Ann Friedman

Ann Friedman is a columnist for New York magazine's website and for the Columbia Journalism Review. She also makes pie charts for The Hairpin and Los Angeles magazine. Her work has appeared in ELLE, Esquire, Newsweek, The Observer, the Washington Post, the Los Angeles Times, and many other outlets. She lives in Los Angeles, but travels so often the best place to find her is online at annfriedman.com.

Recent Articles

STIMULATE THE ECONOMY BY MENDING OUR SAFETY NETS.

Lots of talk this week about the proposed stimulus. One high priority ought to be the most vulnerable members of our society. The safety net created in the 1930s to protect Americans from extreme poverty is in tatters. Now that we’re in the worst downturn since the Depression, that safety net needs mending. This should be a key part of any stimulus plan. Unemployment insurance, for example, was created in 1935, when most people who lost jobs had held those full time positions for some years. But most people who are losing jobs now have not been in them all that long. Typically, the last ones hired are the first fired. And many job losers have only worked part time. Either way, they don’t qualify for unemployment benefits. In fact, fewer than 40 percent of people now losing their jobs qualify. So a necessary step toward mending our safety net is to get unemployment benefits to everyone who loses a job. And if it's a part-time job, partial benefits. Or take welfare. Remember it? It was...

HELP OUT TAP DURING THE HOLIDAYS.

In my role as deputy editor at the Prospect , I have the privilege of working with and editing some of the most promising up-and-coming young journalists in the business, as well as some of the most accomplished writers on the left and in journalism. Having gotten my start in journalism at newspapers, where there is little space for a substantive discussion of the issues and where “two sides” to every story must be presented, I’m proud to say the Prospect retains the best aspects of daily journalism (accuracy and timeliness) while adding more depth and discussion – and an unabashedly liberal worldview. The Prospect ’s not-for-profit status allows us to focus on meaty policy issues and in-depth reporting without tailoring or altering our content to appeal to advertisers. Donations also help pay our writing fellows’ salaries and our writers’ fees. Unlike many other influential liberal Web sites, the Prospect is proud to pay its staff and contributors for their work. If you read and...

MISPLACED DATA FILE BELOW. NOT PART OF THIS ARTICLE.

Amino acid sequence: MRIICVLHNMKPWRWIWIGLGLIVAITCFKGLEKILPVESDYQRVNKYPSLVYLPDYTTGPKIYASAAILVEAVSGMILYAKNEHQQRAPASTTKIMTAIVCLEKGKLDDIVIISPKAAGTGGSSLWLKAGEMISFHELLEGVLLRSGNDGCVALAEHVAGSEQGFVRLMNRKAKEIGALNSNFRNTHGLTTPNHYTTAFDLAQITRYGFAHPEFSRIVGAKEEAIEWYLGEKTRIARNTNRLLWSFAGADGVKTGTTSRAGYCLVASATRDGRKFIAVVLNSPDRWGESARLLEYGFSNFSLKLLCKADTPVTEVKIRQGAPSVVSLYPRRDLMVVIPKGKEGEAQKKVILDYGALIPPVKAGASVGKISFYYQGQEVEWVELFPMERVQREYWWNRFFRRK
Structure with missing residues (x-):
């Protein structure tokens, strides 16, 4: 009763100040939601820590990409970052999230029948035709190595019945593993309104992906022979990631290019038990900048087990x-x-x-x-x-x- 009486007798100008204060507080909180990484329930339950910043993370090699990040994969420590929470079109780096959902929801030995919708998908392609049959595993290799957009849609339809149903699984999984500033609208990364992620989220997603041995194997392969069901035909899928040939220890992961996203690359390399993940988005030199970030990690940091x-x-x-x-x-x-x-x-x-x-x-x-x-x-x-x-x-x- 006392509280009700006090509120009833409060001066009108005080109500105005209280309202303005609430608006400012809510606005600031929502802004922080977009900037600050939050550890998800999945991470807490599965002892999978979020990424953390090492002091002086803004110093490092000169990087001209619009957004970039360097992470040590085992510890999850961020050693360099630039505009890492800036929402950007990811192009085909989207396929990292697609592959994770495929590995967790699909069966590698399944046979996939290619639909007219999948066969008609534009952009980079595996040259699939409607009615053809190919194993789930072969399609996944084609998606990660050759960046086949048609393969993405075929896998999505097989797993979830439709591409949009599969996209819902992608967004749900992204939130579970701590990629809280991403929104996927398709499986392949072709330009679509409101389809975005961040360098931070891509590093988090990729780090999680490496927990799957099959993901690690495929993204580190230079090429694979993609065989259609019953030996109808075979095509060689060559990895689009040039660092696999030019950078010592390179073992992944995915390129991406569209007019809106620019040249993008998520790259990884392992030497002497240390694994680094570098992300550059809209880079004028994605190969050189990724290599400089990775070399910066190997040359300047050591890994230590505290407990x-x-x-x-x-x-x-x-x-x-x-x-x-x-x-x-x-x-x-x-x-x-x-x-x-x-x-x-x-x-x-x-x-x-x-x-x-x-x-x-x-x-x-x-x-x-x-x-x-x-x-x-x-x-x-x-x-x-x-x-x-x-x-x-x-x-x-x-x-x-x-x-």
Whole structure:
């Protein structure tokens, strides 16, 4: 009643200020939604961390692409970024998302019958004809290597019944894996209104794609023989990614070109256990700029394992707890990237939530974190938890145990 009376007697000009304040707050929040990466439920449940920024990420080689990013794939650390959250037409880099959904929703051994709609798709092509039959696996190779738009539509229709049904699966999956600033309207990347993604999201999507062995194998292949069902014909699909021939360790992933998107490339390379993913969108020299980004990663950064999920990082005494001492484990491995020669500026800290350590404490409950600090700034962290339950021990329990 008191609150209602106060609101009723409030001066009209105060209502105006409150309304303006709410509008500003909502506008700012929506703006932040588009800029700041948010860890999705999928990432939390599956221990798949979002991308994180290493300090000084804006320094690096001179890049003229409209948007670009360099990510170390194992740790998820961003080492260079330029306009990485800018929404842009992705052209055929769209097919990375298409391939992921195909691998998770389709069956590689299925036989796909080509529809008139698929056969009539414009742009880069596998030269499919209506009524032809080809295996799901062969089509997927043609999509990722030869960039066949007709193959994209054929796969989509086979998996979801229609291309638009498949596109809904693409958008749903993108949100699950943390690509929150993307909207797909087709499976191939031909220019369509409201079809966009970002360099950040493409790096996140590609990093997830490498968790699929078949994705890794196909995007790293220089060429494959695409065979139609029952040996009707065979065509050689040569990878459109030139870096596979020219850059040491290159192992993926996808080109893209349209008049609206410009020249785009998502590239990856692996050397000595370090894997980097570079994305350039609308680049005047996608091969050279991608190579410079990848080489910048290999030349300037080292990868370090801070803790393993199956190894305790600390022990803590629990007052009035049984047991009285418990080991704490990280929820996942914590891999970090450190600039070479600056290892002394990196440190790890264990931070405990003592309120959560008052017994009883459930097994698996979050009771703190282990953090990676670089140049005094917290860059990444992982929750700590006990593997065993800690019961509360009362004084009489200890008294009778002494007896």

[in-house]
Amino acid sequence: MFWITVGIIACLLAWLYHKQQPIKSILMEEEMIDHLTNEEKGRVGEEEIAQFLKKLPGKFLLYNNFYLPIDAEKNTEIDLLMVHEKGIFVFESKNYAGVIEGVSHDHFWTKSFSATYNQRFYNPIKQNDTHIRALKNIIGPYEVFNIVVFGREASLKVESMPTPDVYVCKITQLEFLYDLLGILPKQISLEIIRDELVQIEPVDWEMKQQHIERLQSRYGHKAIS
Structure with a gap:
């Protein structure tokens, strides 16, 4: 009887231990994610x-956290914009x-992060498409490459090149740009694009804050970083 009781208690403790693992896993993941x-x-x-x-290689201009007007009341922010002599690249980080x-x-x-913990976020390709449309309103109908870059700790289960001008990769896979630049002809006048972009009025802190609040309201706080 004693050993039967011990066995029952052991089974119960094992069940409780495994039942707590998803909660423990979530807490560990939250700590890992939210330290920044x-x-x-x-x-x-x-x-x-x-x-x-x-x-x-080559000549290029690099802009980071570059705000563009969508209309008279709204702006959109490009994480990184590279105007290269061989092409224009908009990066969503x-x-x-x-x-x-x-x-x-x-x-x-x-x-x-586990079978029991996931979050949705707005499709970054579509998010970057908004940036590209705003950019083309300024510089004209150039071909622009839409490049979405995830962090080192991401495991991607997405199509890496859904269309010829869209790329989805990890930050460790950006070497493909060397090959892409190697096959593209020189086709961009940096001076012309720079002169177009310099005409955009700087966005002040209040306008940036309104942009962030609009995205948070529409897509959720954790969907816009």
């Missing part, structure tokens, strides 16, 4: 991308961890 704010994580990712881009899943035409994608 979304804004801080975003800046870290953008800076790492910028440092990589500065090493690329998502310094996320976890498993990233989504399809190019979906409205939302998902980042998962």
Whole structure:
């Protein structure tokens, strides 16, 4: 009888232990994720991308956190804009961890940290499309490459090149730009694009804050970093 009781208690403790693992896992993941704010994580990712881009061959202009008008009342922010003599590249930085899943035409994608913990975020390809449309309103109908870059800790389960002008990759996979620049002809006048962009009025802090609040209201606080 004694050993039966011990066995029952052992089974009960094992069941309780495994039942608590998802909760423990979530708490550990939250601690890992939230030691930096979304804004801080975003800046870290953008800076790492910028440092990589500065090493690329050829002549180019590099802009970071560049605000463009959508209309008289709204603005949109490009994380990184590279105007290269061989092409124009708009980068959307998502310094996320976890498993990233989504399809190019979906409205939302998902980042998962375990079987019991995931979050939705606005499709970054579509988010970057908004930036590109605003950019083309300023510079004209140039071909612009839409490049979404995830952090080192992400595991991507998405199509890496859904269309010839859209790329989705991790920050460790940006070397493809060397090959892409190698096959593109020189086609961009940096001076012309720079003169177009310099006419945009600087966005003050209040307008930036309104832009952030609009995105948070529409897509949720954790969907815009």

Don't Call it a Culture War

We will continue to lose battles like Prop. 8 until we can successfully relabel LGBT rights a civil-rights issue, rather than an issue mired in the culture-war swamp of moral controversy.